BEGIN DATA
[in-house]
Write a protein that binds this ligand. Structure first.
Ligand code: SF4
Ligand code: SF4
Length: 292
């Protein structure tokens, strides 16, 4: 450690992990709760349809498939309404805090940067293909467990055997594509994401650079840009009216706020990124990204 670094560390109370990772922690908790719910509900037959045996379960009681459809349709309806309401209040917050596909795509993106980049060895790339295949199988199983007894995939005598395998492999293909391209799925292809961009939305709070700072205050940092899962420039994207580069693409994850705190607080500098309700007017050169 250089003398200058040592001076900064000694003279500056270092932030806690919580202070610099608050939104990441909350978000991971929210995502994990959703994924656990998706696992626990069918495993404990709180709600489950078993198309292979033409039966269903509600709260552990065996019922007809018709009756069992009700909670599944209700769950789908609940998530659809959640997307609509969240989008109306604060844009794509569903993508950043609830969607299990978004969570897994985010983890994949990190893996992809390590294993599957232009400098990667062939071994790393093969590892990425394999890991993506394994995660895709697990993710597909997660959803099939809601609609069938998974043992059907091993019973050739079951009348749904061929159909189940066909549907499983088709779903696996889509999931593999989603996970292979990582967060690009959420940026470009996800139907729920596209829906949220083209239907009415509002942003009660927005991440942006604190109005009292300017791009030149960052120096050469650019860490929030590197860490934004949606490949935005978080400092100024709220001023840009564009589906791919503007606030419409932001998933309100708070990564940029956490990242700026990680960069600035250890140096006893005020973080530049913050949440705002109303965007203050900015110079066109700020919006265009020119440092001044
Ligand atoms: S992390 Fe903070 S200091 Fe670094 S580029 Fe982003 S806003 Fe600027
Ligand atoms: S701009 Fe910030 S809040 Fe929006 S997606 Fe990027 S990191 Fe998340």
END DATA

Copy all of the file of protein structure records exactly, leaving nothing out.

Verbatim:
[in-house]
Write a protein that binds this ligand. Structure first.
Ligand code: SF4
Ligand code: SF4
Length: 292
């Protein structure tokens, strides 16, 4: 450690992990709760349809498939309404805090940067293909467990055997594509994401650079840009009216706020990124990204 670094560390109370990772922690908790719910509900037959045996379960009681459809349709309806309401209040917050596909795509993106980049060895790339295949199988199983007894995939005598395998492999293909391209799925292809961009939305709070700072205050940092899962420039994207580069693409994850705190607080500098309700007017050169 250089003398200058040592001076900064000694003279500056270092932030806690919580202070610099608050939104990441909350978000991971929210995502994990959703994924656990998706696992626990069918495993404990709180709600489950078993198309292979033409039966269903509600709260552990065996019922007809018709009756069992009700909670599944209700769950789908609940998530659809959640997307609509969240989008109306604060844009794509569903993508950043609830969607299990978004969570897994985010983890994949990190893996992809390590294993599957232009400098990667062939071994790393093969590892990425394999890991993506394994995660895709697990993710597909997660959803099939809601609609069938998974043992059907091993019973050739079951009348749904061929159909189940066909549907499983088709779903696996889509999931593999989603996970292979990582967060690009959420940026470009996800139907729920596209829906949220083209239907009415509002942003009660927005991440942006604190109005009292300017791009030149960052120096050469650019860490929030590197860490934004949606490949935005978080400092100024709220001023840009564009589906791919503007606030419409932001998933309100708070990564940029956490990242700026990680960069600035250890140096006893005020973080530049913050949440705002109303965007203050900015110079066109700020919006265009020119440092001044
Ligand atoms: S992390 Fe903070 S200091 Fe670094 S580029 Fe982003 S806003 Fe600027
Ligand atoms: S701009 Fe910030 S809040 Fe929006 S997606 Fe990027 S990191 Fe998340």